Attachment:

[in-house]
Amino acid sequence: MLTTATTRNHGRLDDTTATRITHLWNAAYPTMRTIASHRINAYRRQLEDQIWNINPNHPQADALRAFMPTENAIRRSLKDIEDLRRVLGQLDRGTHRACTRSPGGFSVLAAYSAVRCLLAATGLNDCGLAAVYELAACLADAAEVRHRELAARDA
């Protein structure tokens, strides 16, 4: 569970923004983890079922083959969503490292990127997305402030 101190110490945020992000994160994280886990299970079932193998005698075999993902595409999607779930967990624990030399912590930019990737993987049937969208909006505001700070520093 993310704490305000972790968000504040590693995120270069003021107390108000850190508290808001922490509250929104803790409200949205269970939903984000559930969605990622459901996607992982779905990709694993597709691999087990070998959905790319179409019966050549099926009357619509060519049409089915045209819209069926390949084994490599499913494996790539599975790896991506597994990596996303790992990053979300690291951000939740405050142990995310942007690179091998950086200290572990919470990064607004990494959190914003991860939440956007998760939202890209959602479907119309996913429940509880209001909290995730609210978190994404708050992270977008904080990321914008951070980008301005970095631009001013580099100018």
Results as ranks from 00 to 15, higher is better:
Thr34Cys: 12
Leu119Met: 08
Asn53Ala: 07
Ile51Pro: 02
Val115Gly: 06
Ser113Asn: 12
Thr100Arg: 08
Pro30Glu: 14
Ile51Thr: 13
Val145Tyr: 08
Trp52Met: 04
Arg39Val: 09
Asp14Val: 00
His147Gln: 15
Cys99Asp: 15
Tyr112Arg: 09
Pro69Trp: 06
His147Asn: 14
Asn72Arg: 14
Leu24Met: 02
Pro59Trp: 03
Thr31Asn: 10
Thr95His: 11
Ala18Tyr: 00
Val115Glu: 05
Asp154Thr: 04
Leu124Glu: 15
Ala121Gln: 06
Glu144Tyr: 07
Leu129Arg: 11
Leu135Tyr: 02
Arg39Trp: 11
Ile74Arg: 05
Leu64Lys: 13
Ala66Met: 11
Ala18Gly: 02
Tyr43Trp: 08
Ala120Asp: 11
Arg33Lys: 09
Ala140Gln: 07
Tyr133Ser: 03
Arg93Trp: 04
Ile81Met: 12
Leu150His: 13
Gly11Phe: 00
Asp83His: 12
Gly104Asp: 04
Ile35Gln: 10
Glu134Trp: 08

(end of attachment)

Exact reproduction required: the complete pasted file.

[in-house]
Amino acid sequence: MLTTATTRNHGRLDDTTATRITHLWNAAYPTMRTIASHRINAYRRQLEDQIWNINPNHPQADALRAFMPTENAIRRSLKDIEDLRRVLGQLDRGTHRACTRSPGGFSVLAAYSAVRCLLAATGLNDCGLAAVYELAACLADAAEVRHRELAARDA
């Protein structure tokens, strides 16, 4: 569970923004983890079922083959969503490292990127997305402030 101190110490945020992000994160994280886990299970079932193998005698075999993902595409999607779930967990624990030399912590930019990737993987049937969208909006505001700070520093 993310704490305000972790968000504040590693995120270069003021107390108000850190508290808001922490509250929104803790409200949205269970939903984000559930969605990622459901996607992982779905990709694993597709691999087990070998959905790319179409019966050549099926009357619509060519049409089915045209819209069926390949084994490599499913494996790539599975790896991506597994990596996303790992990053979300690291951000939740405050142990995310942007690179091998950086200290572990919470990064607004990494959190914003991860939440956007998760939202890209959602479907119309996913429940509880209001909290995730609210978190994404708050992270977008904080990321914008951070980008301005970095631009001013580099100018």
Results as ranks from 00 to 15, higher is better:
Thr34Cys: 12
Leu119Met: 08
Asn53Ala: 07
Ile51Pro: 02
Val115Gly: 06
Ser113Asn: 12
Thr100Arg: 08
Pro30Glu: 14
Ile51Thr: 13
Val145Tyr: 08
Trp52Met: 04
Arg39Val: 09
Asp14Val: 00
His147Gln: 15
Cys99Asp: 15
Tyr112Arg: 09
Pro69Trp: 06
His147Asn: 14
Asn72Arg: 14
Leu24Met: 02
Pro59Trp: 03
Thr31Asn: 10
Thr95His: 11
Ala18Tyr: 00
Val115Glu: 05
Asp154Thr: 04
Leu124Glu: 15
Ala121Gln: 06
Glu144Tyr: 07
Leu129Arg: 11
Leu135Tyr: 02
Arg39Trp: 11
Ile74Arg: 05
Leu64Lys: 13
Ala66Met: 11
Ala18Gly: 02
Tyr43Trp: 08
Ala120Asp: 11
Arg33Lys: 09
Ala140Gln: 07
Tyr133Ser: 03
Arg93Trp: 04
Ile81Met: 12
Leu150His: 13
Gly11Phe: 00
Asp83His: 12
Gly104Asp: 04
Ile35Gln: 10
Glu134Trp: 08